Then I could get on with the construction of the coats!  I stitched the fronts and the backs together of both coats and the linings too.  Here is a sneak peak for you:

Things are really coming along well with the coats now, and I'm so excited!  I'm at that wonderful point when I've worked really hard and long on this project and I'm beginning to see it all come together!!!


Friday, July 5, 2013

COATS : Preparation is the key

It may be the key, but geez it takes time!

It has taken me two weekends of solid effort to get to this point, and people who follow my Facebook page will have seen the occasional photograph and post... so if you'd like to keep a closer eye on what I'm up to, go over and click Like.

Since I already know this pattern really well, and I've already drafted the new pieces, the first bit of preparation to do is cutting out the fabric.  And when you think about it - thats a lot of fabric!  Each coat takes 4 yards (or metres, much of a muchness) of wool outer fabric, the same of lining, and a couple of yards of inter-lining.  Thats a lot.

I wasn't drunk, just had to tilt the camera to get it all in...

Here is me laying out the pattern pieces on the black wool.  I got all OCD about making sure all the pieces fitted before I cut anything out.  The last thing you want when you are dealing with expensive fabrics is to just cut it out and then find that there is one piece you can't fit!  I wasn't so worried about the other fabrics because I had 5 yards of each of them, and just 4 of this one, and with the pattern adjustments I was a bit iffy about whether it would fit...

But it was all good, so I got cutting.  The only other adjustment I made (which was the same with the red coat) was to make the skirt pieces 1.5" wider on each side to give more fullness to the coat.

Pin ... measure ... draw chalkline ... cut ... label ... put to one side ... repeat.  For about 8 HOURS!!!!!

No kidding.  I cut fabric for 8 hours.  This is the result.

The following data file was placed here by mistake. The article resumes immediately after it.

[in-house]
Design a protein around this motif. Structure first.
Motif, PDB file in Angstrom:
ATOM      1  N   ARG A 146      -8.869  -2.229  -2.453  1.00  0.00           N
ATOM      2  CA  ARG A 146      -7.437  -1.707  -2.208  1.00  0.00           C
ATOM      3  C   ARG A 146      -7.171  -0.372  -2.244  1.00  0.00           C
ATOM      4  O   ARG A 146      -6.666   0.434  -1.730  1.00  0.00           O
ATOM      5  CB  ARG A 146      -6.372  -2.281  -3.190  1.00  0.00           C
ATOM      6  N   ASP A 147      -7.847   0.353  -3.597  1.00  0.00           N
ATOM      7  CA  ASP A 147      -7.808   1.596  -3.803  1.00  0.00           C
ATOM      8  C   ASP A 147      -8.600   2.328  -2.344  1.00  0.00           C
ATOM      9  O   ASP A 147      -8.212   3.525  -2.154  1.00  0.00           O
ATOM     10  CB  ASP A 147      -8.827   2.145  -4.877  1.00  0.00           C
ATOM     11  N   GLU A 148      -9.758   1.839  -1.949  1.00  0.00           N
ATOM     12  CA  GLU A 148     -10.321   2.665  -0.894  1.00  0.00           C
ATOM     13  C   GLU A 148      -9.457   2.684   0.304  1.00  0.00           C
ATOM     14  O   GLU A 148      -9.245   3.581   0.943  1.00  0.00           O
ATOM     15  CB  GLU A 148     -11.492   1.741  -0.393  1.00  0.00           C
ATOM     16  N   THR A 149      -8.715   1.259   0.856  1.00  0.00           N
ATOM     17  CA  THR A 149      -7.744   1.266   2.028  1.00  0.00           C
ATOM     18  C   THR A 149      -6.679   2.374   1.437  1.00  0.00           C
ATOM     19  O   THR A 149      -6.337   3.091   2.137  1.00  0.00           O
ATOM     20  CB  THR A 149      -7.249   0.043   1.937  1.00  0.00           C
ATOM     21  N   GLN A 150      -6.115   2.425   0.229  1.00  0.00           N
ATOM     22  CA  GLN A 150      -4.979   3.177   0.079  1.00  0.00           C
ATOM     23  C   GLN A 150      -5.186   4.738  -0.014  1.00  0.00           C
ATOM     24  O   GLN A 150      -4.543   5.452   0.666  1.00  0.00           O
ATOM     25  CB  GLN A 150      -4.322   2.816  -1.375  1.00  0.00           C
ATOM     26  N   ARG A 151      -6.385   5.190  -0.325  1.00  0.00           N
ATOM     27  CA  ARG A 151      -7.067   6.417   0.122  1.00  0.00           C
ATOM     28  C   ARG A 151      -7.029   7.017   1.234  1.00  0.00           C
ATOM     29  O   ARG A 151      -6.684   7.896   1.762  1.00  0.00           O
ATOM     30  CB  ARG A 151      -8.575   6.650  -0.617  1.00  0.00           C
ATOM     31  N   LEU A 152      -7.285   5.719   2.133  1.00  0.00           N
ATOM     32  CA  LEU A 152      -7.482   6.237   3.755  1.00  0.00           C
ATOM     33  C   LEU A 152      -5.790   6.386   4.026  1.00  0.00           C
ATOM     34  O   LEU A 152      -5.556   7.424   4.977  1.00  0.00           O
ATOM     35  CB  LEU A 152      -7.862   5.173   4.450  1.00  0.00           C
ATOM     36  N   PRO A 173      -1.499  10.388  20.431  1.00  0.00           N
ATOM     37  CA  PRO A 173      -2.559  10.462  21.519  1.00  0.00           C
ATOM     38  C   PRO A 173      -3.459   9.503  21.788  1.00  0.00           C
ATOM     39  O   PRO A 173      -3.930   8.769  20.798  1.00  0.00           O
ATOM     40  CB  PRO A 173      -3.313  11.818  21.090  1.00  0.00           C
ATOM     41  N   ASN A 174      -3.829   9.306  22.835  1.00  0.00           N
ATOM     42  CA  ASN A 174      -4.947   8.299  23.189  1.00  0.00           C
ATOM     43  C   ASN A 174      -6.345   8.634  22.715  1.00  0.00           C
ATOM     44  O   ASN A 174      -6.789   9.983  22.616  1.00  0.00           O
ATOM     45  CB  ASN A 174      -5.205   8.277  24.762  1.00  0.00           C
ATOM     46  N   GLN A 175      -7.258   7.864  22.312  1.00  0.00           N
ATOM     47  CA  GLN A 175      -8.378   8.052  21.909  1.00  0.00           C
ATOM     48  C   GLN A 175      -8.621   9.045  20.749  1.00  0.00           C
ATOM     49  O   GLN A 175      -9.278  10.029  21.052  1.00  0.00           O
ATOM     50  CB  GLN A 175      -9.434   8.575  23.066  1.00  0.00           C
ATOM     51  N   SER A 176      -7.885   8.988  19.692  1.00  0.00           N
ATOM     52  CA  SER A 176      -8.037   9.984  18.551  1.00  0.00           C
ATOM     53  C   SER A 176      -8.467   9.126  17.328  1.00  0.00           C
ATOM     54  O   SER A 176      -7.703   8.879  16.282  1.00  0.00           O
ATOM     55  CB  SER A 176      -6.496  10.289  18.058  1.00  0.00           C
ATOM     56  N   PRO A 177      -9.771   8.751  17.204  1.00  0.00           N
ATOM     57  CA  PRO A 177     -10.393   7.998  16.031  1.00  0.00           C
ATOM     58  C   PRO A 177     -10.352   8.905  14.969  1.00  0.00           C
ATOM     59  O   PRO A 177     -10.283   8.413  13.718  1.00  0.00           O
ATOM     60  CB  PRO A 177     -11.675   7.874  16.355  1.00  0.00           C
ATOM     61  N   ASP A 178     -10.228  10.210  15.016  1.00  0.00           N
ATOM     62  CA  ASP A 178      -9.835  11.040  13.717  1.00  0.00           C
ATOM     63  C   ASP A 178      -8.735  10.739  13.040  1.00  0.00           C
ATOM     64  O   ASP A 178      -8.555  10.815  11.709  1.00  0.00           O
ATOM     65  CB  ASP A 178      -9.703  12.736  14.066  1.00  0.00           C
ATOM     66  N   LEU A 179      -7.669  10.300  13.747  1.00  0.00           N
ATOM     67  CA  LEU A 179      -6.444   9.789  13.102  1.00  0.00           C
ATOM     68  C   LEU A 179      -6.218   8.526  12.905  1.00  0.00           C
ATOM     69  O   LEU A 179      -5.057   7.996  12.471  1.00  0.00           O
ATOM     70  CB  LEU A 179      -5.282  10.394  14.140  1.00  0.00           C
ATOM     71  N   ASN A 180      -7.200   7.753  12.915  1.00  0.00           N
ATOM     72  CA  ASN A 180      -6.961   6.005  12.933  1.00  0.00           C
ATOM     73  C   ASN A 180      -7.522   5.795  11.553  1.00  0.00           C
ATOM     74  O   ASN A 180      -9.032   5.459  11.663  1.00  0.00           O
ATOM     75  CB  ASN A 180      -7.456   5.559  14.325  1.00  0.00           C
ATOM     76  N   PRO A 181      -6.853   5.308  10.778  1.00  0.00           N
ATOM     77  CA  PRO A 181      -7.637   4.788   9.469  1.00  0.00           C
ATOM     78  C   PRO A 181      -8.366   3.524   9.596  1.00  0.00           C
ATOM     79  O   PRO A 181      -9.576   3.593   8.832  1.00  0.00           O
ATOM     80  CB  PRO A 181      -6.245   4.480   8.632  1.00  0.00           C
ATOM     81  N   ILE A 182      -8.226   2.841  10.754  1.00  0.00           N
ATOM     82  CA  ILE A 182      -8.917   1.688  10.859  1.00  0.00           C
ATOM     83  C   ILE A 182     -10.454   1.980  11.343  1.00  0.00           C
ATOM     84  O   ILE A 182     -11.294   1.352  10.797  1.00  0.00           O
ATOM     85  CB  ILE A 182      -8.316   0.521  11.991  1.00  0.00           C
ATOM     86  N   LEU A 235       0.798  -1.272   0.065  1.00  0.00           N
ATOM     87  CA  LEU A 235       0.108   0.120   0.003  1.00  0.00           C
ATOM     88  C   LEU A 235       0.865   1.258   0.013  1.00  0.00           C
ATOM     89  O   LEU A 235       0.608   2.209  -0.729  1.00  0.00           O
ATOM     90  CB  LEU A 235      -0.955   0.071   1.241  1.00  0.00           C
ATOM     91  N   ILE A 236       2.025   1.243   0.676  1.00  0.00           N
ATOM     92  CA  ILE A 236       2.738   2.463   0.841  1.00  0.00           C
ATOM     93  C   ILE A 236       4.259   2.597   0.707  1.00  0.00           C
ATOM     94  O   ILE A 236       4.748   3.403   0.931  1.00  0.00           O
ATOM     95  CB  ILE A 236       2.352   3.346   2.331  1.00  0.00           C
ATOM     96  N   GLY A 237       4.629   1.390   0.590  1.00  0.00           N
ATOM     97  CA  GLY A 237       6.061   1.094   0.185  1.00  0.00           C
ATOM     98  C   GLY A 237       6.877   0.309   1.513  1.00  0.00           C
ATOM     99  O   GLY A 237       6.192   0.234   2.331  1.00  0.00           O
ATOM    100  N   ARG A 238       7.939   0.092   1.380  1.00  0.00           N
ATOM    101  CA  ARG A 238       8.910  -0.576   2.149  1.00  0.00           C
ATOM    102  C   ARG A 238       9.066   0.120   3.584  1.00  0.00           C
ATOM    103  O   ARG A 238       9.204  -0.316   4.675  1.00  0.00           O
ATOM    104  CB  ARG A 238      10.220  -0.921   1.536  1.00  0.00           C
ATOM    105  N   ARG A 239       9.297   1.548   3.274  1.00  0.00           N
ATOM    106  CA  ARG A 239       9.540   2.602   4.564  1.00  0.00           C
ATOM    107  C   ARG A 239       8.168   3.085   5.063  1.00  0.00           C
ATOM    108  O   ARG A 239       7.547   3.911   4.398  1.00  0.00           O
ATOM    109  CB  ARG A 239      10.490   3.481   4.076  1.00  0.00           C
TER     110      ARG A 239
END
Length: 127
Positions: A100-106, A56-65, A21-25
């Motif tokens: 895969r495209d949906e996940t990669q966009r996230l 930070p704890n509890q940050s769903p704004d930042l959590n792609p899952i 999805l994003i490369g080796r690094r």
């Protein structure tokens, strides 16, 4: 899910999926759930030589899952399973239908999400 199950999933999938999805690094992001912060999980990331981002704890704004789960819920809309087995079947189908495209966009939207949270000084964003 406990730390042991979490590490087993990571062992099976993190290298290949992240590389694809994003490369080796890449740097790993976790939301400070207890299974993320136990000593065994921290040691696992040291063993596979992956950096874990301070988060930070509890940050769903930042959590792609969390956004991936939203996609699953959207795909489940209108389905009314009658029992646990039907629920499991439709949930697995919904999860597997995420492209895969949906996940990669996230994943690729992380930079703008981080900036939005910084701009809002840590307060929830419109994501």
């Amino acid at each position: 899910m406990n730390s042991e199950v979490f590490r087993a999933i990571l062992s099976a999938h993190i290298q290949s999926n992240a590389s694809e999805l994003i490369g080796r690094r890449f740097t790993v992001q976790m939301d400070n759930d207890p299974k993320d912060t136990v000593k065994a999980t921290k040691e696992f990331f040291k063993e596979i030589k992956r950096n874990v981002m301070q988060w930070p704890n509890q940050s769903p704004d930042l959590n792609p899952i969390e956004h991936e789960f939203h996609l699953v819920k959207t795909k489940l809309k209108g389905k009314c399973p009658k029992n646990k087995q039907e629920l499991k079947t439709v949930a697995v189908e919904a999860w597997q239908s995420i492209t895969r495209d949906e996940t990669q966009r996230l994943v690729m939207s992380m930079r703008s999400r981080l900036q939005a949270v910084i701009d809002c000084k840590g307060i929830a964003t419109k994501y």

Doesn't look like much does it!

Next job - one of my favourites (not) - sewing the darts.  Thank fully there is only 12 darts per coat (6 outer, 6 lining) so it didn't take me that long to do it HOWEVER I did use a new technique that I picked up from Peter at Male Pattern Boldness to start and finish the darts.  I've never been happy using reverse stitch to stop things unravelling, and I'm not a fan of the stop stitch that my machine does for general use, so I'd always been in a bit of a limbo about what to do.  Peter posted that he sets the stitch length on his machine to really tiny for a few stitches, and then regular stitch length for the middle bit, then tiny again for the end.  And this doesn't unravel!  Hurrah!!!  So I did that, and it works really well, and I'm going to keep doing it.

Then it was on to the bound buttonholes.  I use Laura-Mae's tutorial - she's the fabulous blogger from Lilacs and Lace - and I do the extra credit method.  This is the same method that I used for the red coat, it really works for me.

I also put 'windows' in the facing pieces so that when I sew the coat together I don't cover up the buttonholes.

I was happy that I'd done all the prep work at this point, so I started sewing the main coat pieces together.  There was a bit of a process to this.

I carried all the pieces I required in to my sewing room from the bannister, and put them in piles on the ironing board.

Then I would sew the bits that needed one thread colour, and then the bits that needed the other thread colour.  Then to press the seams, because each fabric requires a different iron temperature (sigh!) I would turn the iron down to the lowest setting needed and work my way up to the highest setting.  This took a while but was actually really rewarding because I could see that I was getting somewhere!

But then I remembered... POCKETS!

The red coat does not have pockets, because the original pattern does not have pockets, and I find that I just need somewhere warm to put my hands some times.  So I wanted to put pockets in these coats to solve that problem.  The side seams won't work because the positioning is uncomfortable, and the seams between the fronts and the side fronts is too far forward, so the only option is to put the pockets in the side front piece.

I'm going to do some testing of methods on some scrappy pieces of fabric that I've got left over.  I want to make sure I get it right BEFORE I hack into the pieces I've already stitched together!!!

Wish me luck!